A Shichirin is a mobile stove. Shichirins have been used in Japan since the Edo period and are either ceramic or clay.
The Hibachi, which can be interpreted as a bowl of flames, is another term for shichirin.
This is because, before being adopted as a cooking appliance, the hibachi was used as a heater in households. Hida Konro is an especially famous variant of Shichirin.
A Shichirin Hida Konro consists of a porous clay called Keisodo. Shichirin Hida Konro is often covered with decorated Washi paper.
After traveling to Japan, what I love about Japanese cuisine is the most sensitive and sophisticated way to grill meals, apart from the particular position of fresh seafood. Yakitori (chicken skewers), Yakiniku (grilled meat) and Kobe’s renowned marbled Wagyu beef demonstrate how the Japanese understand sugar, heat and oil equilibrium in grill cooking.
To understand, appreciate and execute Japanese grill at home, you will need to understand the following terms and concepts.
We’ve tested some of the best Hibachi knives and these 4 came out on top, read why.
In this post we'll cover:
What is the name of the Japanese Table Grill?
As I mentioned before, a “Shichirin” is a portable stove. The word literally means “seven wheels“, for some strange reason. In use in Japan since the Edo period (since AD1603), shichirins are either made of ceramic or clay. Another word for shichirin is the “Hibachi”, which can be translated into “fire bowl“. This is because hibachi was used as a heating device in homes before it became popularised as a cooking device.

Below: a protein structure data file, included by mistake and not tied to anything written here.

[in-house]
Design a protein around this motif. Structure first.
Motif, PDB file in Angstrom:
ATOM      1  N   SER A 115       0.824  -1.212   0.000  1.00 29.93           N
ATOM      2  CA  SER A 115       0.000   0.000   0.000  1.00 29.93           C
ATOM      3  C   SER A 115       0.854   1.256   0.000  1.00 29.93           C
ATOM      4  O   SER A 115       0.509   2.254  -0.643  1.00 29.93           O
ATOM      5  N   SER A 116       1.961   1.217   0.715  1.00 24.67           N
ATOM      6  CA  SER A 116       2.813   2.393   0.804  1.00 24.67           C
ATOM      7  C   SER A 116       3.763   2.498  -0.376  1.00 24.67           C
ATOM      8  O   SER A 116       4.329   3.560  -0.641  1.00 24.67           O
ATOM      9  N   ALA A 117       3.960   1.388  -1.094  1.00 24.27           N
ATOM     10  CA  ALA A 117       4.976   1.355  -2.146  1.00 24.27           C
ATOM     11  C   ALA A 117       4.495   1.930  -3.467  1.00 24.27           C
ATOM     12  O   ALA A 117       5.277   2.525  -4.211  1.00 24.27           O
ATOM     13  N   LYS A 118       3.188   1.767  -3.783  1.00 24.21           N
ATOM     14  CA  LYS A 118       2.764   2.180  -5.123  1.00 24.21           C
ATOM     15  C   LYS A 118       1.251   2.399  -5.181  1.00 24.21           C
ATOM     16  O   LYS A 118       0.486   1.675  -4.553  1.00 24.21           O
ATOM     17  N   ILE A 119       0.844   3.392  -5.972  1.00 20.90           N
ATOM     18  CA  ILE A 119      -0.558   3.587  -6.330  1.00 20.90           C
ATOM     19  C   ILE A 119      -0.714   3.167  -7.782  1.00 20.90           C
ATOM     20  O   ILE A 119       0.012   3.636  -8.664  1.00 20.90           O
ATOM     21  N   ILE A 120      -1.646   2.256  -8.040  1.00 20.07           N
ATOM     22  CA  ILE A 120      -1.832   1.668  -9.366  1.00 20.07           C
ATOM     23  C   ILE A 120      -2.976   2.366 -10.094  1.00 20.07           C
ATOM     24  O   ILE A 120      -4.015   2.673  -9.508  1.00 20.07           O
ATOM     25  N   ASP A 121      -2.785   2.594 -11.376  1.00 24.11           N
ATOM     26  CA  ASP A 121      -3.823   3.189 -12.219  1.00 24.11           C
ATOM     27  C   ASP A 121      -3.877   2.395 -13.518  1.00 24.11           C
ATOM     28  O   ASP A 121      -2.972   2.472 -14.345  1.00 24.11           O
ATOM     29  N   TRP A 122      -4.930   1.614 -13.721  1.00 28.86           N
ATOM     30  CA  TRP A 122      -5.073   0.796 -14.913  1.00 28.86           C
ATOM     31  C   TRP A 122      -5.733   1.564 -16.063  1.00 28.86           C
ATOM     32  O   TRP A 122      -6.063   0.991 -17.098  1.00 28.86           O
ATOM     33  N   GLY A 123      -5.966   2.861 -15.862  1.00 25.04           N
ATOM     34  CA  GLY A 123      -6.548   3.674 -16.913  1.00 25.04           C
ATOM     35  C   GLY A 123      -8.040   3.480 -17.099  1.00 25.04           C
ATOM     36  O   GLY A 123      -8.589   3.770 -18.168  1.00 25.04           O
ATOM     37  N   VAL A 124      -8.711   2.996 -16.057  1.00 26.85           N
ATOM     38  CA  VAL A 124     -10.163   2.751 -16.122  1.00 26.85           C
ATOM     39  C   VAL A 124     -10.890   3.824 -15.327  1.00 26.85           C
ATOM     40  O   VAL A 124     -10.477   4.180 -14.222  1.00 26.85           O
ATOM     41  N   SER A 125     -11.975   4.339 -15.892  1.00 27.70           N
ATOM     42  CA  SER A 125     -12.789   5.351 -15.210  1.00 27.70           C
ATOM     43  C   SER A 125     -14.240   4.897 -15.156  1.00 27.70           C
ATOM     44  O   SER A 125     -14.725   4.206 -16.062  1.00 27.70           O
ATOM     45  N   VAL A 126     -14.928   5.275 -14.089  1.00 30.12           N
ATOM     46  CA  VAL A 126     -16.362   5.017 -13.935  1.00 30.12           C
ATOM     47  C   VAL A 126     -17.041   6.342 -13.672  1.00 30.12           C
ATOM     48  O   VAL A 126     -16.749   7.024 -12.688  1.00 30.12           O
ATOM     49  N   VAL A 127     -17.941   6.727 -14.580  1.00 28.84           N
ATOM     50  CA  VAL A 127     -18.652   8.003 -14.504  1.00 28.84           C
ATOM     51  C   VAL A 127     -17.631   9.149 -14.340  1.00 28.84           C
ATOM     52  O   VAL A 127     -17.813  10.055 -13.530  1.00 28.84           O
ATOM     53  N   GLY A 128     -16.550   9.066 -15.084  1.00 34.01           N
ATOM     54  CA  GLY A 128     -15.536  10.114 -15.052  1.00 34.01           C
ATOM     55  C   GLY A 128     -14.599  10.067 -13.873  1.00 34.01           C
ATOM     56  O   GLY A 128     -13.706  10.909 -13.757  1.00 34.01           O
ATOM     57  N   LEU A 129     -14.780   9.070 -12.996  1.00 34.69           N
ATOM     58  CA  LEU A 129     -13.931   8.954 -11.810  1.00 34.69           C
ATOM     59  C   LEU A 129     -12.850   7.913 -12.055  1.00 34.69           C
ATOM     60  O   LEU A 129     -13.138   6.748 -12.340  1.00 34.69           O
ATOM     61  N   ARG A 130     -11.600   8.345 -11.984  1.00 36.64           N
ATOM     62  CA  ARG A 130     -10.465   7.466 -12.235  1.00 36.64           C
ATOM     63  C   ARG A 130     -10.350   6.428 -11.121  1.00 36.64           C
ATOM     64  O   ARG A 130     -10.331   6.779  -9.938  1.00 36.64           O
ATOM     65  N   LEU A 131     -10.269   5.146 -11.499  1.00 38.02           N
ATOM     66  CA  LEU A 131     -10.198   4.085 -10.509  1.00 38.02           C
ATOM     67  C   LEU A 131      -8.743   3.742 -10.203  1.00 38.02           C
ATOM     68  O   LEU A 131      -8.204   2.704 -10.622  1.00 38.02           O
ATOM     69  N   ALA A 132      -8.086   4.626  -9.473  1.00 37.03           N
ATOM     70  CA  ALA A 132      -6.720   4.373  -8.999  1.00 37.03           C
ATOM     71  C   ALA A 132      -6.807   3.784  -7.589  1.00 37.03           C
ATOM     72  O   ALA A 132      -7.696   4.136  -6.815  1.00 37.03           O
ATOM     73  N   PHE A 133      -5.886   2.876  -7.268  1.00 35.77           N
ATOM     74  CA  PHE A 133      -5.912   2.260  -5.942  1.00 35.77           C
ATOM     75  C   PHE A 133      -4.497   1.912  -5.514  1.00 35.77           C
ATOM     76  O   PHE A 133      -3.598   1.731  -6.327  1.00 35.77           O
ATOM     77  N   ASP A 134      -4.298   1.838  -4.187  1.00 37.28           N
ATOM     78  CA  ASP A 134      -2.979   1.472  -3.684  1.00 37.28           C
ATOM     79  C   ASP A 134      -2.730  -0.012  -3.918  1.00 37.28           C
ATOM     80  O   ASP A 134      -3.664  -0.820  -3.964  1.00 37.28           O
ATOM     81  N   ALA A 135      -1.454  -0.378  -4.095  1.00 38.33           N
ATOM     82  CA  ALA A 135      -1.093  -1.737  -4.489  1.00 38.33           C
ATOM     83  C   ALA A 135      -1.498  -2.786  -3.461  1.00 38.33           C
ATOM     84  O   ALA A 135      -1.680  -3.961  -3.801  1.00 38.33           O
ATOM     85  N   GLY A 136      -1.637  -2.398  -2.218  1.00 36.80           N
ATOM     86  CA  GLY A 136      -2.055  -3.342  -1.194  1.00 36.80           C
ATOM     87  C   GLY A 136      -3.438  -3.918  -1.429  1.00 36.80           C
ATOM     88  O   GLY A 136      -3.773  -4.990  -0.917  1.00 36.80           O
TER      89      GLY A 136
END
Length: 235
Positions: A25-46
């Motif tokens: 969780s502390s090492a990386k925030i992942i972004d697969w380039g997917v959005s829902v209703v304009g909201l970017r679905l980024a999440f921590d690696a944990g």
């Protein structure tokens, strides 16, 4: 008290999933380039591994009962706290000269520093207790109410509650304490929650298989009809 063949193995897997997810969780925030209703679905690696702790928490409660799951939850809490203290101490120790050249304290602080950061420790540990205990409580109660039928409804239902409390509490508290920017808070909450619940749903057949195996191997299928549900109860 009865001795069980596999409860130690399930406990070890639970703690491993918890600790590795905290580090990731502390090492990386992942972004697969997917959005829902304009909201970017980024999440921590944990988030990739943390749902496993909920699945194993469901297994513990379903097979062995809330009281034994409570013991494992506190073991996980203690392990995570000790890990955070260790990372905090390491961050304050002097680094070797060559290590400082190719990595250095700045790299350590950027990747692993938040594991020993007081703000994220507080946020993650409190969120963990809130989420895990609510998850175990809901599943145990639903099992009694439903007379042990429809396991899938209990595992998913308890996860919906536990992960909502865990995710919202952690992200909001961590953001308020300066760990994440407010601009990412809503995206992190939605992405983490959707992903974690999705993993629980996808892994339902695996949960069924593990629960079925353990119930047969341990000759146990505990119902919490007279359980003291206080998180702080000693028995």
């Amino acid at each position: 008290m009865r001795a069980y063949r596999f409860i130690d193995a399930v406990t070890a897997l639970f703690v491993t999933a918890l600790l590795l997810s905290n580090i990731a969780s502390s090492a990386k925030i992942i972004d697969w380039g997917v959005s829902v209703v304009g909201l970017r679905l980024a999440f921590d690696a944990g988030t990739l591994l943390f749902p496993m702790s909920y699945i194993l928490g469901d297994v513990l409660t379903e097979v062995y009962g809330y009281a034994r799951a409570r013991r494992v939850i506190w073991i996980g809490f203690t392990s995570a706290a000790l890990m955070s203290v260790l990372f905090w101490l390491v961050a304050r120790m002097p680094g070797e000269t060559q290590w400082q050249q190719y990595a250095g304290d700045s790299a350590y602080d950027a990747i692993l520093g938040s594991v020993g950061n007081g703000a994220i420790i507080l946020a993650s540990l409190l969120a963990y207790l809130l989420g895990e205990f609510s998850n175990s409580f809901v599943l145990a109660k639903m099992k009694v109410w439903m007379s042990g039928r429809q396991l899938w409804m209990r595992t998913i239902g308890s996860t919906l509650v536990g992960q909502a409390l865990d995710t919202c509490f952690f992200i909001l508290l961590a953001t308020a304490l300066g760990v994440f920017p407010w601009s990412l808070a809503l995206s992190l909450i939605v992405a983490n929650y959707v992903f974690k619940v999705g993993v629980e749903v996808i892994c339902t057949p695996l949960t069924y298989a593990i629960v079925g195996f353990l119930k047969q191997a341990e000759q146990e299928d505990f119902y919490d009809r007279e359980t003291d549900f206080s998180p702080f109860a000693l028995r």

A particularly popular version of Shichirin is the Hida Konro. A Shichirin Hida Konro is made of a porous clay called Keisodo. Keisodo is made from burning diatomaceous earth – a naturally-occurring soft, white siliceous sedimentary rock that is found everywhere in Japan, and it contains fossilized marine plankton and volcanic ash. When made into clay, Keisodo is light, porous and conducts heat evenly and withstands up to 1700℃.
The Shichirin Hida Konro is often wrapped in decorated Washi paper, the word just means “Japanese paper“. Washi is tougher than ordinary wood pulp paper, so it stands the heat from the stove.
Why Chefs Love the Magical Konro Grill
One of Erik Ramirez‘s Peruvian hot spot Llama Inn’s signature dishes is anticuchos, marinated skewers that are Lima’s inescapable road snack. But the cooking technique of the Brooklyn chef is directly from Japan: he uses a squat countertop grill called a konro, shining with clean-burning, long-lasting (and very expensive) binchotan charcoal. “It’s accurate, methodical,” tells Ramirez of the barbecue (he suggests everything from pulp and skirt steaks to asparagus and courgettes).
In his reverence, he’s not alone. The ceramic-lined vase is an obsession among an increasing cult of chefs, such as Josef Centeno, who wears puntarelle wedges at Orsa & Winston in L.A., and Christopher Kostow, who utilizes it at The Restaurant at Meadowood in Napa for daylily flowers.